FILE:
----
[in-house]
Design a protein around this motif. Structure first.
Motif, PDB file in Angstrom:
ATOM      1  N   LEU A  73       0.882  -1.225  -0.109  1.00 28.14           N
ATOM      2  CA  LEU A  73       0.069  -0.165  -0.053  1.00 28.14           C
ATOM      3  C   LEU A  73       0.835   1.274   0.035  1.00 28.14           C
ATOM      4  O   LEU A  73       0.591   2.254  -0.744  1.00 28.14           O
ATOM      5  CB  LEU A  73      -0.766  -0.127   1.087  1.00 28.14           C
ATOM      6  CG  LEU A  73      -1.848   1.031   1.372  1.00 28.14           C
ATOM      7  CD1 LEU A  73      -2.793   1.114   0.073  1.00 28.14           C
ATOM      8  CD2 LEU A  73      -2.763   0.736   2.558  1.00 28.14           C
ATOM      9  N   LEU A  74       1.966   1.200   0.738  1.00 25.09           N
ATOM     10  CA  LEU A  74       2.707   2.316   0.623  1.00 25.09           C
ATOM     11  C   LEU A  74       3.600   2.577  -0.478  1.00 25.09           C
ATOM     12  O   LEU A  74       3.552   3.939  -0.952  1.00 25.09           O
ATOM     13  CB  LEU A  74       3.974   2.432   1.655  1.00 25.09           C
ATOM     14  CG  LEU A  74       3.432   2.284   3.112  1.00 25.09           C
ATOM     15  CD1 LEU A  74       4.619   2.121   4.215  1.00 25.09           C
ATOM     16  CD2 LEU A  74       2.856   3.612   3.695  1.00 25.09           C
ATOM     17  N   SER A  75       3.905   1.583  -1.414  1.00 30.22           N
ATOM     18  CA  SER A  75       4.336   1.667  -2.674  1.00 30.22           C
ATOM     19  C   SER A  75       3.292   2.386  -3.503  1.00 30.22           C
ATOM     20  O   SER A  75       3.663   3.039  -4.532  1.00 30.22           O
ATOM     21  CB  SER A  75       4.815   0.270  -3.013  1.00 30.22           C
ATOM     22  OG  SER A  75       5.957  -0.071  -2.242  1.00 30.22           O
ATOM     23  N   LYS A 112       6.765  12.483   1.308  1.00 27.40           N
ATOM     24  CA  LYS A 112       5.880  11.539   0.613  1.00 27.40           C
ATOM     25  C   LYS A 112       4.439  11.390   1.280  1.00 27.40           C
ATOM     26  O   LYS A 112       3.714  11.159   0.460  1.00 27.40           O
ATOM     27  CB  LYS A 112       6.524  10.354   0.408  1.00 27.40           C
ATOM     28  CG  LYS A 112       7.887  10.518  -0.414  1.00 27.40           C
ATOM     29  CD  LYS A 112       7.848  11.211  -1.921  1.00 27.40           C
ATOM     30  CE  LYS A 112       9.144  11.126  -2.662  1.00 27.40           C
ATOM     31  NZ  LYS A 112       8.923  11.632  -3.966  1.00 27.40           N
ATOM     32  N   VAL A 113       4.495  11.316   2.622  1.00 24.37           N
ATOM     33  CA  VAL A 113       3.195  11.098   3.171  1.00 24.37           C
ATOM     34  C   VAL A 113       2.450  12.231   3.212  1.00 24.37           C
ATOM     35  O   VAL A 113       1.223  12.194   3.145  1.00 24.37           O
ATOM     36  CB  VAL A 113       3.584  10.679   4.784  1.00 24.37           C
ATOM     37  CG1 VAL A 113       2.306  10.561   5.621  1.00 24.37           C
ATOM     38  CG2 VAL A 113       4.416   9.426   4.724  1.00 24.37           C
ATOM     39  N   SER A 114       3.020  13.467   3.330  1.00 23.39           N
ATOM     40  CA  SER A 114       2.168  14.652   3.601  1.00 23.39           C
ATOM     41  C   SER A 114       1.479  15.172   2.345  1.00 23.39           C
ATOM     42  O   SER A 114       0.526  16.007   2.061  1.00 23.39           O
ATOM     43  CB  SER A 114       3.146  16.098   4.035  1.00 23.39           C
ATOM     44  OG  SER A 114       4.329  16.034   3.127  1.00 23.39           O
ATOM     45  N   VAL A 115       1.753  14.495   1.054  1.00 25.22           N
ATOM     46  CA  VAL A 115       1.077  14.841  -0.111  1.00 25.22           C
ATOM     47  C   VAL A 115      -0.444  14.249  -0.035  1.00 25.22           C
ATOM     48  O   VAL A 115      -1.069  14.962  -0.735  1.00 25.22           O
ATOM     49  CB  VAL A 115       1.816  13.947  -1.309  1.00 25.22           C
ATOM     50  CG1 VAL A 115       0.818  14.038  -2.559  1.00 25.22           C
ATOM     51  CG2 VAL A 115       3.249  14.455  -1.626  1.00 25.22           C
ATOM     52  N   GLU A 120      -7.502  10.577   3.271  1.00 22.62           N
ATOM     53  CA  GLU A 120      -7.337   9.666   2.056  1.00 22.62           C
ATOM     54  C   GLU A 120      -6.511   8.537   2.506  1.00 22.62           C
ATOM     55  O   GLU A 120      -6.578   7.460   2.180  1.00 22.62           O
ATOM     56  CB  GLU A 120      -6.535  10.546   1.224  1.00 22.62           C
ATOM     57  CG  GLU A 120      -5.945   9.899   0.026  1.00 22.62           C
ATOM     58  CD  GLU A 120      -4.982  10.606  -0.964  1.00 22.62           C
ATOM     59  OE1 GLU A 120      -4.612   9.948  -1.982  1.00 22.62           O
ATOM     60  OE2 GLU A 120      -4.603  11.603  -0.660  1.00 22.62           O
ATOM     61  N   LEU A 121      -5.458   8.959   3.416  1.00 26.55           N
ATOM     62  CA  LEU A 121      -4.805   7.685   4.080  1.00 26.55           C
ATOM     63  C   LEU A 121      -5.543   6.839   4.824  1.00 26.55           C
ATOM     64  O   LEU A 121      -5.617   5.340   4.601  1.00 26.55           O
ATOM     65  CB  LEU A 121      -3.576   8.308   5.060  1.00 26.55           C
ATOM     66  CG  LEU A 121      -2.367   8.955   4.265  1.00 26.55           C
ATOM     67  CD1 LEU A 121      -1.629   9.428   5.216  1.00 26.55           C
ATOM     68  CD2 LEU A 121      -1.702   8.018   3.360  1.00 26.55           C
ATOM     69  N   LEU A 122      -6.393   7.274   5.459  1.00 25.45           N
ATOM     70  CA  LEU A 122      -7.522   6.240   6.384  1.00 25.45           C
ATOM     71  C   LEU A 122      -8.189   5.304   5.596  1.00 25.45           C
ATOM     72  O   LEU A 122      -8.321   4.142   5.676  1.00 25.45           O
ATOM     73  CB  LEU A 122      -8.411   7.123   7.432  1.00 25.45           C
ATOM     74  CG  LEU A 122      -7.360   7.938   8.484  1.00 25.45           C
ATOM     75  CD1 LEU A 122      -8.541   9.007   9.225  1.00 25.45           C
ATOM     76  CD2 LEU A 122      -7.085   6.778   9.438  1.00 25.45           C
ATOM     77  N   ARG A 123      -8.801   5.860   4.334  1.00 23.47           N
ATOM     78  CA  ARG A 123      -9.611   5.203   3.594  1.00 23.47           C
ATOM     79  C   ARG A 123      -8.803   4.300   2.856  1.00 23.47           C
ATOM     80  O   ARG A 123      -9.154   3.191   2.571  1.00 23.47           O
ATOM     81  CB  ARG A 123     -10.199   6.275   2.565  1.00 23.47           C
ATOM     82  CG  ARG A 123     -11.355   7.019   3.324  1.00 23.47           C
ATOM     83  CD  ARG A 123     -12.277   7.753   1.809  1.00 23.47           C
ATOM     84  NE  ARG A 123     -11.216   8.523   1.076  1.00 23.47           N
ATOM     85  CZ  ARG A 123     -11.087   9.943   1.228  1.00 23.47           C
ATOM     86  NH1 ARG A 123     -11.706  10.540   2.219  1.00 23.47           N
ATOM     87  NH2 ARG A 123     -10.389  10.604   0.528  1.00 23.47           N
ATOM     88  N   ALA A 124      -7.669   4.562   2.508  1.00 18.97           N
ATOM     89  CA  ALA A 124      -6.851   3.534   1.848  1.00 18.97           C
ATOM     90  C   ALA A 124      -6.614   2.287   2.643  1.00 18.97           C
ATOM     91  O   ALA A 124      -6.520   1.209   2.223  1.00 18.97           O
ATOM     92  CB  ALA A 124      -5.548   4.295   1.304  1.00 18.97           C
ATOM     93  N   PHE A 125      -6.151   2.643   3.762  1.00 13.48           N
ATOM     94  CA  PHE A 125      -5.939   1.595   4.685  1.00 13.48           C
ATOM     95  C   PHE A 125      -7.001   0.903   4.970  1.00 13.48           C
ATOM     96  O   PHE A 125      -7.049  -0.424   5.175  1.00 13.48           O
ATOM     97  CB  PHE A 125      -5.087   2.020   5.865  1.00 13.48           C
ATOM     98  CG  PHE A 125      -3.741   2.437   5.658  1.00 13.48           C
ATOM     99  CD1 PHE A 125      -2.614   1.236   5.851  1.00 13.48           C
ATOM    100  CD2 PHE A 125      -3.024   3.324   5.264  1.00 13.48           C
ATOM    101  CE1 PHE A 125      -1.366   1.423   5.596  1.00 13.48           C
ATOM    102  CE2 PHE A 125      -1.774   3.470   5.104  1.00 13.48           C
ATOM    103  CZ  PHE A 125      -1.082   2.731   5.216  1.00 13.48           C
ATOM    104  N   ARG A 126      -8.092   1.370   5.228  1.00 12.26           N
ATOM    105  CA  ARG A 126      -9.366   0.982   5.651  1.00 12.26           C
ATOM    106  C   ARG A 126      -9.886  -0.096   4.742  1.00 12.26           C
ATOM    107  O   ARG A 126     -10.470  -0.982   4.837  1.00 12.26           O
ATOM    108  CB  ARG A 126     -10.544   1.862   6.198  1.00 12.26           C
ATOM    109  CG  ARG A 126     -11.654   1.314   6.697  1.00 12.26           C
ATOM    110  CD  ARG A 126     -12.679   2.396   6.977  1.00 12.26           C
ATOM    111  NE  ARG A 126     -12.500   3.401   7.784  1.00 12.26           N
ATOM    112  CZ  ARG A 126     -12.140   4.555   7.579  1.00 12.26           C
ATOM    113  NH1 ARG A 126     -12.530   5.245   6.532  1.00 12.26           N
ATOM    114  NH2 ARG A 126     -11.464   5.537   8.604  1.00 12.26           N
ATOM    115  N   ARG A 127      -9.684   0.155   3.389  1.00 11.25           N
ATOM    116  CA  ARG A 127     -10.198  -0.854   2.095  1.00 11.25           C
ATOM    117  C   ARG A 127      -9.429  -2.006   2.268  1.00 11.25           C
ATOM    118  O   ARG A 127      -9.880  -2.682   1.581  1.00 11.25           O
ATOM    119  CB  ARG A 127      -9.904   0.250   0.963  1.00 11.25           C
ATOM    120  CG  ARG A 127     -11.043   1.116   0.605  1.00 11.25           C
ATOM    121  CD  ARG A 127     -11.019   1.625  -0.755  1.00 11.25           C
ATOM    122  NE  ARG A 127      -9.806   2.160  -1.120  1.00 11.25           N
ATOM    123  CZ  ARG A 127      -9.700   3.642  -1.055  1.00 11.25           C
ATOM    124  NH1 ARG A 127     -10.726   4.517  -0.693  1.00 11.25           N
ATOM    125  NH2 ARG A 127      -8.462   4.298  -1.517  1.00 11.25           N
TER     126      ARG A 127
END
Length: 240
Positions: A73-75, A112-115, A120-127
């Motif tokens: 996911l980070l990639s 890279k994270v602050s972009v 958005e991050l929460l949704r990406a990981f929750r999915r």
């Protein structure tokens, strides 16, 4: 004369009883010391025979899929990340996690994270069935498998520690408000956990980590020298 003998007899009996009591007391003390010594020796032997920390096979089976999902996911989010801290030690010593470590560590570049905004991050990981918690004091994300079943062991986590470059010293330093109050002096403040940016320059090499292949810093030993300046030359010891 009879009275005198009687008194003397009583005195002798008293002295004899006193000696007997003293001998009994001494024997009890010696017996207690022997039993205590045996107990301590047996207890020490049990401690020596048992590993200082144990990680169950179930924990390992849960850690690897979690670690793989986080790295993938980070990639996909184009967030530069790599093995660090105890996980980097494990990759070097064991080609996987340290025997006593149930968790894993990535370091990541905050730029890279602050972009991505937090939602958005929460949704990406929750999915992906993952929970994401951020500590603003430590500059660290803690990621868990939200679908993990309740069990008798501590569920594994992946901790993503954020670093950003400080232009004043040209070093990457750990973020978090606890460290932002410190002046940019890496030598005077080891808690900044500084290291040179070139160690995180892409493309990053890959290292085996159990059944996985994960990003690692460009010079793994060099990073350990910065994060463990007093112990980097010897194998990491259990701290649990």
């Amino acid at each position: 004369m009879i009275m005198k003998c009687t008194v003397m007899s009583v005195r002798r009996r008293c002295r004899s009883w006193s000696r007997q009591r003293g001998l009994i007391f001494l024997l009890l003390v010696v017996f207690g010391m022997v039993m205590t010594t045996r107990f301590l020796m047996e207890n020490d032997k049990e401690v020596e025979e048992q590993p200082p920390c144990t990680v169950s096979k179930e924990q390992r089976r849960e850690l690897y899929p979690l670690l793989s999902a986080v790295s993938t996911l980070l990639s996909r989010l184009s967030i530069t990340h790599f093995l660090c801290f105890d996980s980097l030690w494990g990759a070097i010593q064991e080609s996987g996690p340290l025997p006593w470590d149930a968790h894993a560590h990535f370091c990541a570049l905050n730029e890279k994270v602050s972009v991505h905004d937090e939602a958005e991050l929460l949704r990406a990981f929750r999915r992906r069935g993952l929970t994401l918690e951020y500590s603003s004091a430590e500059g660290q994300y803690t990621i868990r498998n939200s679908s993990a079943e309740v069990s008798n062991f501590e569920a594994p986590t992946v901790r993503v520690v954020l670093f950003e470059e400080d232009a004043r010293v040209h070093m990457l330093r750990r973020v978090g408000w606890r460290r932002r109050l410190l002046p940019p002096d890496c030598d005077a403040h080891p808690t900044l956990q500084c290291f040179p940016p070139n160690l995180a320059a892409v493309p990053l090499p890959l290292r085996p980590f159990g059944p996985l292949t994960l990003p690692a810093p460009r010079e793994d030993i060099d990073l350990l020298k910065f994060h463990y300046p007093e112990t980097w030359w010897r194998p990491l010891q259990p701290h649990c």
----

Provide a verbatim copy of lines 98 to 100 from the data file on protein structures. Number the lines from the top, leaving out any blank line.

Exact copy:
ATOM     95  C   PHE A 125      -7.001   0.903   4.970  1.00 13.48           C
ATOM     96  O   PHE A 125      -7.049  -0.424   5.175  1.00 13.48           O
ATOM     97  CB  PHE A 125      -5.087   2.020   5.865  1.00 13.48           C